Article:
Kyle Kashuv, a Second Amendment-supporting student at the Parkland, Fla., high school that was the site of the shooting massacre last month, on Sunday called for a debate with a classmate who helped organize the pro-gun control March for Our Lives, based on a quote made to Fox News.

      The organizer, Cameron Kasky, was responding to a claim in a recent National Rifle Association (NRA) video, that “no one would know [Parkland students’] names” had their classmates not died.

      “I think that’s the most pathetic thing I’ve seen out of this… And that’s the NRA — you’ll notice, they can’t attack our argument, so they’re attacking us personally. The fact that they’re saying all we want out of this is for people to know our names. They have no idea how much each of us would give for it to be February 13th again,” Kasky told “Fox News Sunday,” referencing the day before the massacre.

      “Happy to debate you live tomorrow so we can dissect each other’s arguments. Interested? No personal insults allowed here,” Kashuv tweeted to Kasky.

      Kasky responded that he’d be interested in organizing a debate “in the near future.”

      The “March for Our Lives” events on Saturday drew massive crowds in cities across the country. In Washington, D.C., New York City, Denver, Los Angeles and other cities, demonstrators heard from student survivors of last month’s shooting at Marjory Stoneman Douglas High School. The gunman killed 17 people and wounded 17 more.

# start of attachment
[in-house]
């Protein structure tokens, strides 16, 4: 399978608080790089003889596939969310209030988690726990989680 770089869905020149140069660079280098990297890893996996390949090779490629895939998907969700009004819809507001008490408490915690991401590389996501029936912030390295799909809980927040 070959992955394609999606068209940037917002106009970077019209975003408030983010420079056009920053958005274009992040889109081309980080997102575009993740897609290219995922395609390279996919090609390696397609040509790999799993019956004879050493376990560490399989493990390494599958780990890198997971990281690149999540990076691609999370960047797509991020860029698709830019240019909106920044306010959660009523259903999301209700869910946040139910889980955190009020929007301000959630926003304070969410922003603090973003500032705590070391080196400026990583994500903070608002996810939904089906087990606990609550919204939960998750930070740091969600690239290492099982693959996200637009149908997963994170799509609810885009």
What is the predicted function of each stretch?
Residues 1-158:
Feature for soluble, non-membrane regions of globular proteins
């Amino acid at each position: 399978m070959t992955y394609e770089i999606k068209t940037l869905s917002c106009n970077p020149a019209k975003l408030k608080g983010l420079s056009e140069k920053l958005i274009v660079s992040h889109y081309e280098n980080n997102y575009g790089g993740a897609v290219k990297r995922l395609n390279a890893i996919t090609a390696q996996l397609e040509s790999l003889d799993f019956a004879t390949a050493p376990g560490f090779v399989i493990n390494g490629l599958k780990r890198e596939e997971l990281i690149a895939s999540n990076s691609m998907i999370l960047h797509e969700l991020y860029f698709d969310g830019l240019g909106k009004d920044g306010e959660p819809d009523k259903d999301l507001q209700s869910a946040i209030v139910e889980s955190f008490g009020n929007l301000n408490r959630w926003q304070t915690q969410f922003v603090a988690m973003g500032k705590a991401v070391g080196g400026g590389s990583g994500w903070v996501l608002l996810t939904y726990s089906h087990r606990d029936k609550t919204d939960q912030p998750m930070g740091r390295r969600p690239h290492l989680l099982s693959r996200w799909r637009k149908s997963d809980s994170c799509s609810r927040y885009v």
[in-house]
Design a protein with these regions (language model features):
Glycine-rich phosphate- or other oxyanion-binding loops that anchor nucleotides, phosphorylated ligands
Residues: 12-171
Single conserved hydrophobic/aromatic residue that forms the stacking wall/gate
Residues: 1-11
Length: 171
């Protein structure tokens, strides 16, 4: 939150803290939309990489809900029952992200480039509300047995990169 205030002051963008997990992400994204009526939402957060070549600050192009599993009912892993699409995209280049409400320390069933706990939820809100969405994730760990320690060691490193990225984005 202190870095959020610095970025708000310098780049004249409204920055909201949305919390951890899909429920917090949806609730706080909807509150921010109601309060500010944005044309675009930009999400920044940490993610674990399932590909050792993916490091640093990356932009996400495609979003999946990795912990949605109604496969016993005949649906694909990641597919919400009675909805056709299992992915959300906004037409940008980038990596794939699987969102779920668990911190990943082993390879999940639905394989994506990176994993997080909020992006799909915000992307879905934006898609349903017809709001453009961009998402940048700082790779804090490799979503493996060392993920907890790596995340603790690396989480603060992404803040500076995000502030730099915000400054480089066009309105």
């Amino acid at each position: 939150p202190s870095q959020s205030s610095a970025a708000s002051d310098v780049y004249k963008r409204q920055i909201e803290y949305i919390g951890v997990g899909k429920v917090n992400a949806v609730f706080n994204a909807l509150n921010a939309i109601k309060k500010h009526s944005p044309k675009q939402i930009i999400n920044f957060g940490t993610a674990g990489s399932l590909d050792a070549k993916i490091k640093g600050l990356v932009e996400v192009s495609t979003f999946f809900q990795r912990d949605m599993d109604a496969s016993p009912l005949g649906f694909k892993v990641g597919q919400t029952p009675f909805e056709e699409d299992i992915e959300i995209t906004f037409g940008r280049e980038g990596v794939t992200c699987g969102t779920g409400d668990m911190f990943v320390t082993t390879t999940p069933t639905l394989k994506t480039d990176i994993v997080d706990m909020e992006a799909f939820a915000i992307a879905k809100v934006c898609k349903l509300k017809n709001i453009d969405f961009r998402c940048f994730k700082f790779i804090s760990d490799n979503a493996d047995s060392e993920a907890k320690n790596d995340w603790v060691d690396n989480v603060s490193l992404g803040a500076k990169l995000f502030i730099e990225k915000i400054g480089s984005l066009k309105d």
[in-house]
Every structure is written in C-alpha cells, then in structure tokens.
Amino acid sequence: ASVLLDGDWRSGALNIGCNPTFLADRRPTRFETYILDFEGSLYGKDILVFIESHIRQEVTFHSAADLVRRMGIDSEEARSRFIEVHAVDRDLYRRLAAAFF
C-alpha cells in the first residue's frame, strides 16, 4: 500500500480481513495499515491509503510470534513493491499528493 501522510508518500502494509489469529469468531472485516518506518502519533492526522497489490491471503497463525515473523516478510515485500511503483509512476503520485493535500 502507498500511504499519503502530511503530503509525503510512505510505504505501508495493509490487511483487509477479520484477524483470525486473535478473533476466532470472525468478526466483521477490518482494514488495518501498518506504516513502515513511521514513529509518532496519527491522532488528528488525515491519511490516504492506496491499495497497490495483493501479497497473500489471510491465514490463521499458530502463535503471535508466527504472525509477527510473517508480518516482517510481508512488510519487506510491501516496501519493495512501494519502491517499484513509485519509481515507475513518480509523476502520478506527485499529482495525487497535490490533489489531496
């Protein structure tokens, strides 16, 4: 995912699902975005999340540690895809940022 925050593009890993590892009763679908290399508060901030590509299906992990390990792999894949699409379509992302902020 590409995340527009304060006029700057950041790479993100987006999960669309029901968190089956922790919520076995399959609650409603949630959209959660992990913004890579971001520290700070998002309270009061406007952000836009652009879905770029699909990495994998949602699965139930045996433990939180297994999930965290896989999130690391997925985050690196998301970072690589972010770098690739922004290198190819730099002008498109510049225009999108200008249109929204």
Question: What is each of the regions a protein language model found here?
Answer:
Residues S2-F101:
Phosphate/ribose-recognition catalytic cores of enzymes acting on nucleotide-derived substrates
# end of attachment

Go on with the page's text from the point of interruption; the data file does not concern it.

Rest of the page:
Speaking to Fox News’ Chris Wallace, Kasky said that the argument from the NRA and Kashuv, that those supporting the March for Our Lives movement “truly don’t know what they’re marching for,” is a fallacy.

      “We are not just marching to end school violence. We are marching to end violence all over the country, because that’s where it happens,” Kasky said, reiterating that “we are not trying to take everybody’s guns away.”

      MARCH FOR OUR LIVES ORGANIZERS RALLY FOR ‘COMMON SENSE’ ACTIONS ON GUNS

      Kasky’s call for “common sense” regulations include issuing mental health checks and having gun owners be age 21 and older. He said assault weapons should be completely banned, but smaller guns used for protection could be sold under better regulations.

      Kashuv, who wasn’t invited to speak at the main demonstration in Washington on Saturday, told Fox News’ Leland Vittert on “America’s News HQ” that Trump “does care about stopping school violence,” despite what his opposition claims.

      Fox News’ Katherine Lam and The Associated Press contributed to this report.

      Nicole Darrah covers breaking and trending news for FoxNews.com. Follow her on Twitter @nicoledarrah.

      Read more: http://www.foxnews.com/politics/2018/03/25/pro-second-amendment-student-kashuv-calls-for-debate-with-march-for-our-lives-organizer-kasky.html

      16 Times Multi-Level Marketers Rose To New Levels of Stupid

      MLMs promise you that you’ll make easy money at home by selling health and beauty products to your friends. But these people weren’t even trying. And if they were… yeesh.